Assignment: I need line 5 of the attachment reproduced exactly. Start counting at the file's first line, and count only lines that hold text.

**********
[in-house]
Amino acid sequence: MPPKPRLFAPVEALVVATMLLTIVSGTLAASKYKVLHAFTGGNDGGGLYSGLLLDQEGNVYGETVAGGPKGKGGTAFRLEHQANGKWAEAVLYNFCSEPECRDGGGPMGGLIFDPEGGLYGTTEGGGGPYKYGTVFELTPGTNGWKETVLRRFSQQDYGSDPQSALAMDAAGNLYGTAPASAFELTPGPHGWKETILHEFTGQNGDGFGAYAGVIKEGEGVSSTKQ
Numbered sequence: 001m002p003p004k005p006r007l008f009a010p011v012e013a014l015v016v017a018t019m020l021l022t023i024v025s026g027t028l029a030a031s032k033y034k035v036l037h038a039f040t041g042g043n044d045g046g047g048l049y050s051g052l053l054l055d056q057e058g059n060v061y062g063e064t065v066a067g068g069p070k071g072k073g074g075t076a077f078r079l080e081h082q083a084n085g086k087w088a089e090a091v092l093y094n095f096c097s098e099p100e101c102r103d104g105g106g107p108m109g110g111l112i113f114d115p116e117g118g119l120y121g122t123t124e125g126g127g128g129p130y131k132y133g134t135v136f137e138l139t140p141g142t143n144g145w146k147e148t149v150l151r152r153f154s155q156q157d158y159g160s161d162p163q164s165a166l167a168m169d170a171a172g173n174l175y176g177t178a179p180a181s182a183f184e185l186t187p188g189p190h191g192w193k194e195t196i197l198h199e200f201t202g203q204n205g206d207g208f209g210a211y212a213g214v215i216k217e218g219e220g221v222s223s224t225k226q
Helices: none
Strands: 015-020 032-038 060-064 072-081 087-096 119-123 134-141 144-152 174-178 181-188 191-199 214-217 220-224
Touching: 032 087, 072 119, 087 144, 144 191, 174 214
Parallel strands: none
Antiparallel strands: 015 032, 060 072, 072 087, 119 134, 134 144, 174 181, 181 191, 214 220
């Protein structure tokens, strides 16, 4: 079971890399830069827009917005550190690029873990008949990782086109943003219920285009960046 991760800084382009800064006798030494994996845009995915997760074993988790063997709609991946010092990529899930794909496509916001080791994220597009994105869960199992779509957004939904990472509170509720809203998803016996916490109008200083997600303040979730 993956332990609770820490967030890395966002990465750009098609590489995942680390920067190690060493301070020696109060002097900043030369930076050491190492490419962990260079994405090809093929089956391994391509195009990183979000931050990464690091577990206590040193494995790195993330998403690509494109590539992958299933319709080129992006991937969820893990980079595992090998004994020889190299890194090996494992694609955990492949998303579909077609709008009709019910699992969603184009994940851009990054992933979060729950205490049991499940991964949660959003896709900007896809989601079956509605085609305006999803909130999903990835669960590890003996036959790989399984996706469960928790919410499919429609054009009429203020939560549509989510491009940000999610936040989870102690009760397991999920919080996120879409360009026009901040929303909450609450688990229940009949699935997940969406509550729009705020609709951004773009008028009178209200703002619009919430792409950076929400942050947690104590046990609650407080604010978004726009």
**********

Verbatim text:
Strands: 015-020 032-038 060-064 072-081 087-096 119-123 134-141 144-152 174-178 181-188 191-199 214-217 220-224